What do you get when you combine Roberto Caporuscio (of Keste fame) and Antonio Starita? A smokin'-hot Neapolitan pie that is authentic, delicious and begs for roasted marshmallow accompaniment.
John and I have reviewed Keste before, and have been fans of Roberto's expertly-crafted pies which feature large, billowy and charred outer crusts, chewy centers and simple, fresh toppings. Antonio Starita is a third generation owner of one of Naples' oldest pizzerias, Pizzeria Starita a Materdei.
The two have joined forces to create Don Antonio in Midtown, an Italian eatery focusing on expert pizza craftsmanship.
John, not being available I convinced my friend and fellow triathlete (expert pizza-eater) Brittany to accompany me to the pizzeria.
We settled in to seats at the bar, and took a look at the pizza offerings. One jumped out at us immediately: The Montanara Starita. Advertised as a lightly fried dough, topped with signature Starita tomato sauce, smoked buffalo mozzarella and finished in their wood-burning oven.
Here is the text message conversation I exchanged with John post Montanara-eating:
Yes, people, a campfire pizza donut. And it does make sense. Here's why:
The crust was a super-thin layer of just-fried crispiness that practically melted into the warm, bready air pockets that it protected. The middle, while still thin, retained a certain billowy quality that absorbed the tangy tomatoes and frosting-like cheese while still maintaining crunch.
And the cheese...oh the cheese! I think it was the crowning glory. Like the glaze of a donut, the frosting of a cupcake or the filling in a cannoli. It was the yin to the pizza crust yang. "Smoky" doesn't quite cover it.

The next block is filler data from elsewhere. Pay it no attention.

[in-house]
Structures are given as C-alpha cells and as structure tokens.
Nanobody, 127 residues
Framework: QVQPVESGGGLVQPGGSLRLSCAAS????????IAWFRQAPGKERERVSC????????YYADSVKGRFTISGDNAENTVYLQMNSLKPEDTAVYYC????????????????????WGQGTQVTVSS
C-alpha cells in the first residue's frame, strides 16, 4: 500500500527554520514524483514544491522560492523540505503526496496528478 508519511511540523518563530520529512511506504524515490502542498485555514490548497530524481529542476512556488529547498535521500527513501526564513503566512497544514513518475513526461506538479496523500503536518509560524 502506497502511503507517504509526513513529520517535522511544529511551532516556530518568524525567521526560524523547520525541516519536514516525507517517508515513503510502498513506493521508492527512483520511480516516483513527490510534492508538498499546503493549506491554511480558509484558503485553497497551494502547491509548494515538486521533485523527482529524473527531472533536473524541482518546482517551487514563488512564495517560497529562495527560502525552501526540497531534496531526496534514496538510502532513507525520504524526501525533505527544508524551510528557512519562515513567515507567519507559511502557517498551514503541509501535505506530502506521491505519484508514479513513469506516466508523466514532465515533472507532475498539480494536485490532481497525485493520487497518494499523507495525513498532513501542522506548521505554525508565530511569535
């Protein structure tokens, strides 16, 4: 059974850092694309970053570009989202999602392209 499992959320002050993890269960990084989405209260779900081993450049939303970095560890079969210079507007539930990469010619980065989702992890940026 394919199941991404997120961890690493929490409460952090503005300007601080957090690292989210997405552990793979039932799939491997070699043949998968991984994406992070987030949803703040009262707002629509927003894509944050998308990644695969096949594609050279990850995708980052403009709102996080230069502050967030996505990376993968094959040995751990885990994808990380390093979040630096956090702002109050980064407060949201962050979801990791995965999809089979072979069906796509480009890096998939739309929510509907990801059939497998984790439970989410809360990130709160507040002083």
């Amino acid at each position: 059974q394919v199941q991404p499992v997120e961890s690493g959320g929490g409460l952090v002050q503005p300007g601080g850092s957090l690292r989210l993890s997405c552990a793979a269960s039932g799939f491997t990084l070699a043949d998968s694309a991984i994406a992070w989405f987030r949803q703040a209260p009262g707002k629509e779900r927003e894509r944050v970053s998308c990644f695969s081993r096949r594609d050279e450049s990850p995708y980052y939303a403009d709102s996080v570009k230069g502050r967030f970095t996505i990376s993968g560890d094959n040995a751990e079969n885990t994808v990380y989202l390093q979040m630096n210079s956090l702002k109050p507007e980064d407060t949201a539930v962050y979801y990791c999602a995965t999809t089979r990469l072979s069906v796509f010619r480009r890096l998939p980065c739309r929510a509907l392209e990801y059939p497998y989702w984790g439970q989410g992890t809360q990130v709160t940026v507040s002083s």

It tasted like the delicate globs of mozzarella were roasted marshmallow-like on a campfire and plopped straight away onto the pie. I thought I heard crickets chirping and the ocean lapping against the shore while I took bite after bite.
We also sampled another pie, the Sausage and Pistachio.
While still well executed, the crust seemed to pale in comparison to the fried glory of the Montanara. The pistachio pesto was well done, nutty and sweet, and it blended perfectly with the mild sausage giving the whole pie an earthy and rustic flavor. I did think the toppings could have used a little kick - perhaps a bit of seasoning other than basil.
As of now, you can expect a Don Antonio-inspired fried pizza (perhaps finished on the grill) will be rolling out of my kitchen and into the recipe index of this blog. It must be done. I can't guarantee it will be as impressive as the specimen from the Don Antonio kitchen.
I would recommend you go check this pie out. Bring sun glasses, as you might get a sun burn from the magnificent rays of light biblically emanating outward from its magnificent center...
Overall Pizza Eating Experience: HEAT
309 W 50th St, New York 10019
(Btwn 8th & 9th Ave)